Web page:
Issue No 7Monday 27 July 1998
The Official Newspaper of the
Lambeth Conference

Web highlights provided by Anglicans Online from the official edition.

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Interfaith relations main focus
by E.T. Malone Jr.

The Lambeth plenary on Muslim-Christian relations and the Anglican Communion will look at Islam ``not in isolation but rather in the context of our entire attention to interfaith relations here at the Lambeth Conference,'' says Bishop Michael Nazir-Ali, the plenary coordinator. The two-hour plenary, scheduled for 3.30pm today, will present three pairs of bishops from different areas ``who will speak about how they find such relations in their regions,'' Bishop Nazir-Ali said. The Conference is paying special attention to Muslim-Christian relations, however, because Islam is a special case.

``The one reality is that both Islam and Christianity are missionary religions, both are operating in Africa and East Asia, so the potential for conflict between them is greater--but the need for getting along is greater. That's the crux,'' said Bishop NazirAli, a native of Pakistan who is now Bishop of Rochester (England). ``When we designed the Conference, nearly every province said relations with other faiths was an important topic,'' he notes. ``The pre-Lambeth design group decided every section should consider the interfaith aspects of its work.''

Because the Anglican Communion is worldwide, ``we're in relationships with people of almost every faith,'' Bishop Nazir-Ali said.``There's a triangular Christian-Jewish-Muslim situation in Palestine. In India the new government is inspired by Hindu ideals. But in the largest number of cases, the interface is between Christianity and Islam.''

Setting stereotypes aside

Media images of Islam often are violent and intolerant, Bishop Nazir-Ali pointed out.``We have to ask, however, whether these are the only available images of Islam.What else can we say about a great world faith which has given rise to so many civilisations?'' He said he has taken on the task, as part of his Christian mission, to teach that Islamic law or shari'ah is not unchangeable, that it does have flexibility, and that the basic tenets of Islam are, in fact, democratic. There are those who have a vested interest in arguing that the shari'ah does not change, he noted. ``In Pakistan the blasphemy law is, in fact, profoundly un˝Islamic. In the Koran there is no punishment on earth for apostasy, nor for blasphemy. The Prophet himself forgave those who insulted him. We must continue to campaign for its repeal.''

Some governments, however, ``such as the oppressive, ideologically driven regime in Sudan, seem to use adherence to Islamic law as a way of legitimising government ambitions,'' he said.

``In Iran the shari'ah was seen as a way of cleansing the country of Western influences after a corrupt regime was deposed.'' Asked whether Islamic law should be applied only to Muslims, or to all who reside in Muslim majority countries, Bishop Nazir-Ali said ``people should be committed to fundamental freedoms wherever they are. People of all faiths should have equal rights.'' But he added:

``Such principles have been abandoned in Pakistan, even though it was founded on the principle that Muslims were an oppressed minority in undivided India.''

Turning study into resolutions

Resolutions will have to be carefully worded to address the specific situations of particular countries. For example, he said, ``we want the resolution to be one that encourages the opening up of Iran, not one that is condemnatory. We want to support those moderate Muslims who are working to open up the country. There is a struggle there that could go either way.''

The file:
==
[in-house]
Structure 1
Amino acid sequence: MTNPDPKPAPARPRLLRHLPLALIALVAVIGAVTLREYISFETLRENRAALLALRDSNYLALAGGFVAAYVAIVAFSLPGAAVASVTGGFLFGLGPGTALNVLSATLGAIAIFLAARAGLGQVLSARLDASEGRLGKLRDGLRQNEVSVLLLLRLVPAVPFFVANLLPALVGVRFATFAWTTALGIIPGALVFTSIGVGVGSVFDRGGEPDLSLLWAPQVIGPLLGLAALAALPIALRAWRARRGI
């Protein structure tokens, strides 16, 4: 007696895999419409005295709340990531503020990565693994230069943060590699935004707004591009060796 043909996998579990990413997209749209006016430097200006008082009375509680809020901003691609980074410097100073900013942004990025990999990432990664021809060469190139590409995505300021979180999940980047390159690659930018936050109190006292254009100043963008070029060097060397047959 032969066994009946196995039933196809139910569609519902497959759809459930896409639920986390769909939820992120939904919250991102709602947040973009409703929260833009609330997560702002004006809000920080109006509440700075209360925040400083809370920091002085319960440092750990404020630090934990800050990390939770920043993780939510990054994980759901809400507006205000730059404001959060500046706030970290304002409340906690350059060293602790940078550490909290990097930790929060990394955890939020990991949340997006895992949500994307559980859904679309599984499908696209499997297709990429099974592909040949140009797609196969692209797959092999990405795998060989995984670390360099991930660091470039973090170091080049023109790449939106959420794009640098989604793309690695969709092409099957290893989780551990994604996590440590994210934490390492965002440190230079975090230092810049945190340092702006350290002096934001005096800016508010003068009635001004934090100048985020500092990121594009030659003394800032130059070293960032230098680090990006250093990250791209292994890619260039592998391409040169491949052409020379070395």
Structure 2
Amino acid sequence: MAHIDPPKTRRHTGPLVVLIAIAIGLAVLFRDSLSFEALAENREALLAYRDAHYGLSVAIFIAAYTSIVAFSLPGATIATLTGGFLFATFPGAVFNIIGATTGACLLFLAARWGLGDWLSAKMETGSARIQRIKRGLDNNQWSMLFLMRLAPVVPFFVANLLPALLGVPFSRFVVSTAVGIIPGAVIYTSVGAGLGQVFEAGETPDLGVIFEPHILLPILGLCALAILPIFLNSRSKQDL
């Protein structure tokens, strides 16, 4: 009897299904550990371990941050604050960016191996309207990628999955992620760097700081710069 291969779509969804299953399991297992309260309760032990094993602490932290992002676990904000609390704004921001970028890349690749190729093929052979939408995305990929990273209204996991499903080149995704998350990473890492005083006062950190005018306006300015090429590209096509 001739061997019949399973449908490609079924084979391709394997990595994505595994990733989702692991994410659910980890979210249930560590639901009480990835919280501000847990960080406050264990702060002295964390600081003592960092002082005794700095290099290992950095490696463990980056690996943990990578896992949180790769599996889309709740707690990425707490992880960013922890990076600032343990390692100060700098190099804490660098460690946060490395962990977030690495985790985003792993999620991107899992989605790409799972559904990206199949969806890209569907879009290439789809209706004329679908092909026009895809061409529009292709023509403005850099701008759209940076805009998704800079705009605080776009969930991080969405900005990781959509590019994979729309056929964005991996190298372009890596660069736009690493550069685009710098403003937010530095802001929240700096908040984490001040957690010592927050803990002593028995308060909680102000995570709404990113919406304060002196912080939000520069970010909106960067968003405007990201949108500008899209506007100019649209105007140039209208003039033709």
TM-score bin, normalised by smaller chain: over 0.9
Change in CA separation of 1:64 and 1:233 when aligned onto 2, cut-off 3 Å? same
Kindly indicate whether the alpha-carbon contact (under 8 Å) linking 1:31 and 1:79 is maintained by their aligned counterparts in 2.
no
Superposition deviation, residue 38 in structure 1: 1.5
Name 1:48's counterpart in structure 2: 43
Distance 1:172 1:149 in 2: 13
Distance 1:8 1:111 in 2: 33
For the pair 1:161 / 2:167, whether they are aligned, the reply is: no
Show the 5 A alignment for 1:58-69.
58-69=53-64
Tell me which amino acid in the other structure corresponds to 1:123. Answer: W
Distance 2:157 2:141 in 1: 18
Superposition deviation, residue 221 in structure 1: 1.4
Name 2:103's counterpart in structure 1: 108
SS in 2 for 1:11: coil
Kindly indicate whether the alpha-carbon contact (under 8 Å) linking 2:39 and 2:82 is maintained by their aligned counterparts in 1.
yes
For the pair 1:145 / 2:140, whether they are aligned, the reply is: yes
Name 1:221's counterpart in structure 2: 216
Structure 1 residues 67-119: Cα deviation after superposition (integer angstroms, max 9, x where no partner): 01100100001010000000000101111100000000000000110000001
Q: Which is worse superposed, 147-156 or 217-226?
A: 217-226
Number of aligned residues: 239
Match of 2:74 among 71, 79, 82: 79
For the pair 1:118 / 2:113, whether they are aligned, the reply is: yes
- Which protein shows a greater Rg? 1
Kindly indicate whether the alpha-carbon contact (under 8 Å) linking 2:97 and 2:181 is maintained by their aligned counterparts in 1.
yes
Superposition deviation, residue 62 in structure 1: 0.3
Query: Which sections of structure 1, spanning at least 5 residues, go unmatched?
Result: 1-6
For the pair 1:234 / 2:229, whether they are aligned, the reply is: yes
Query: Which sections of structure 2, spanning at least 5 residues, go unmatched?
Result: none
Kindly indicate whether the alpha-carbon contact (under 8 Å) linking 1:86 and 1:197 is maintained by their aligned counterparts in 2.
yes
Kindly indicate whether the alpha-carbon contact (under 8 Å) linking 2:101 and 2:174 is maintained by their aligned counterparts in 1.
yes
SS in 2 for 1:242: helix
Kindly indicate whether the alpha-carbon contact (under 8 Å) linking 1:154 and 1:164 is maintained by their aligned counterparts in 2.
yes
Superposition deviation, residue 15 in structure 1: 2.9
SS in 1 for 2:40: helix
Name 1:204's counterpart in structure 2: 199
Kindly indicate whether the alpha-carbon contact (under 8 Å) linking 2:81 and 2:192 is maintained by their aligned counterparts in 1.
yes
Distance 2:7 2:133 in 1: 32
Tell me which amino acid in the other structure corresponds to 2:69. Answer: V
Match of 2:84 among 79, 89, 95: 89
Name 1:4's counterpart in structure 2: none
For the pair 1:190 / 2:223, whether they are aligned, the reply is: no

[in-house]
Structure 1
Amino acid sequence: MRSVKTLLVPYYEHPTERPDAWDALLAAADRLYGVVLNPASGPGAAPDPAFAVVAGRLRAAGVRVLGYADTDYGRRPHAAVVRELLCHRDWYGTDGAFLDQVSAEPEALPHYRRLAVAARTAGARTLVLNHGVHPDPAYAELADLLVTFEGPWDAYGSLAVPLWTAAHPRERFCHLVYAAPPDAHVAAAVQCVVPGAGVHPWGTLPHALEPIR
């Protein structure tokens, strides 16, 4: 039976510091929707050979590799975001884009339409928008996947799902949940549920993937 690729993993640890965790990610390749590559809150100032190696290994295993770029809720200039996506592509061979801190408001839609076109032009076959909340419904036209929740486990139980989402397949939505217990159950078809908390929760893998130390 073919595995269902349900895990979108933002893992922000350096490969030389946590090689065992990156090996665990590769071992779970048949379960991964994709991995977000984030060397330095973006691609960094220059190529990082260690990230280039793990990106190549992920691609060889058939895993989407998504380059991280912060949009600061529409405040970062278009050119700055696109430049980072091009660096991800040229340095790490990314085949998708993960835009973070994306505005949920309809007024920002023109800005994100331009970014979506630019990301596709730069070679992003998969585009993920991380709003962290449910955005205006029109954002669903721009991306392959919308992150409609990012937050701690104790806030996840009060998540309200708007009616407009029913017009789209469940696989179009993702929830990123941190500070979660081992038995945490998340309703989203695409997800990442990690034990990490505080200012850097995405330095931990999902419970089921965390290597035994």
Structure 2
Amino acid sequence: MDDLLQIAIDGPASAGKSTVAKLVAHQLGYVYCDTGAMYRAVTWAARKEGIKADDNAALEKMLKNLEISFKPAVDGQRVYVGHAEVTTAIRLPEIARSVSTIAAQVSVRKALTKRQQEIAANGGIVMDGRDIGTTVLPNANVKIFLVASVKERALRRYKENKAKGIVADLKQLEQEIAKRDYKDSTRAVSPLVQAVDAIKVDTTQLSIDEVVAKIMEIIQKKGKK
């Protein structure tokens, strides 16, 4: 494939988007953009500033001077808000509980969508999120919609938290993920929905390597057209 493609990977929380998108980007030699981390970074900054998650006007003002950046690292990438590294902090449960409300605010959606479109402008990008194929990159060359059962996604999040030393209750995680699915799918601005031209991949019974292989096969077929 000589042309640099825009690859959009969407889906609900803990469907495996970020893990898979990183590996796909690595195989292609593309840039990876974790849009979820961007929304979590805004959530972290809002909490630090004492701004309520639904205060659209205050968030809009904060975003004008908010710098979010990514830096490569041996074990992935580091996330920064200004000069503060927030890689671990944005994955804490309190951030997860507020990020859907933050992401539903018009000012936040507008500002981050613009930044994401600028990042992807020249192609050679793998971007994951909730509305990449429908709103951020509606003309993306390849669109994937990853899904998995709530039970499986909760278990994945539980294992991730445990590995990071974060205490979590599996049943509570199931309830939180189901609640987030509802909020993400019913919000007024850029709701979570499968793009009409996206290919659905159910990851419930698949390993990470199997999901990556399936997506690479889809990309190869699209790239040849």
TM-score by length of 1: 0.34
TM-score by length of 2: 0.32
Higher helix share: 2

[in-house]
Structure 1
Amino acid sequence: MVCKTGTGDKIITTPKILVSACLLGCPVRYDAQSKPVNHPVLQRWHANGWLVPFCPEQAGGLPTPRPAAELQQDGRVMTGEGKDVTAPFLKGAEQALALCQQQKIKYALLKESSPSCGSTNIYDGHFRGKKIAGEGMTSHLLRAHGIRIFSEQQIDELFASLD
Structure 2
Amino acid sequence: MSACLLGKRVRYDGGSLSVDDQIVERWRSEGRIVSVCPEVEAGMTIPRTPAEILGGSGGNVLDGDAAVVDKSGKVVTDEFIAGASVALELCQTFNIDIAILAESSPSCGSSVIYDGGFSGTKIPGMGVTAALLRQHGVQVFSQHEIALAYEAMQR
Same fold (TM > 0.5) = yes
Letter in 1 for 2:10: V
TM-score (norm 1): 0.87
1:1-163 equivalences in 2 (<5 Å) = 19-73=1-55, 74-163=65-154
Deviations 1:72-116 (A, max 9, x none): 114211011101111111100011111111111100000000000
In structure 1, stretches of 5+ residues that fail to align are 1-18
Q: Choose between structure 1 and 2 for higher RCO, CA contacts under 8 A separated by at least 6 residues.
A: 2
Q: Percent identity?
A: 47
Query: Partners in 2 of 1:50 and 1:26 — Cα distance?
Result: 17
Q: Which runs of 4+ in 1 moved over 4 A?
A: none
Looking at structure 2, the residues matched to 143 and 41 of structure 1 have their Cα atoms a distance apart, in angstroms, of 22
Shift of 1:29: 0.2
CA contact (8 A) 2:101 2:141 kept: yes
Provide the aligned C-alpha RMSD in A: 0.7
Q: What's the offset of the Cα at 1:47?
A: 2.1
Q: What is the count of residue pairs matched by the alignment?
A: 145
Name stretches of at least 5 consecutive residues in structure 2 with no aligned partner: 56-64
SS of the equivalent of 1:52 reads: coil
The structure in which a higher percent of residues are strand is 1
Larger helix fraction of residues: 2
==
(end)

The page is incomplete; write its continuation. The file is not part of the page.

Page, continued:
The Rev Colin Chapman, Lambeth consultant and founder of an organisation called Faith to Faith, which promotes Christian-Muslim interfaith cooperation, said: ``We've got so much more in common with devout Muslims than with our pagan, secular British neighbours.`` His book, Cross & Crescent: Responding to the Challenge of Islam, attempts to defuse the fears of many Westerners who see Islam not only as a challenge but as a threat.

At a time when Christians have privatised their faith, he said, here come Muslims ``who want to bring God into the public sphere. They've actually challenged Christians this way.'' Of course, it is dangerous to generalise on the basis of ChristianMuslim relations in any one country, he warned. Mr Chapman acknowledged that, as with the attempt of such conservative groups as the Moral Majority to influence politics in the United States, the entrance of religious groups into public enterprises may have both positive and negative consequences.

Different sides

Bishop Nazir-Ali will open the plenary by delivering a general introduction on the history of Muslim-Christian relations, good and bad. Next will come talks by the three pairs of bishops, distributed geographically and in terms of the nature of the relationships they have experienced with Islam.

``From the continent of Africa, we will have a discussion from the Gambia, where relations are quite good, and then from Nigeria, where there are some sharp issues but also some sharing,'' he said. ``From Asia, we'll have a presentation from Palestine, where both Christians and Muslims have struggled together for fundamental rights and some autonomy--although now the situation is deteriorating between them, primarily because of terrorism by the extreme Muslim organisation Hamas--and from Pakistan, where there is very little history of cooperation. ``Finally, from Britain and North Africa, we will have additional perspectives of mixed good and bad relationships.''

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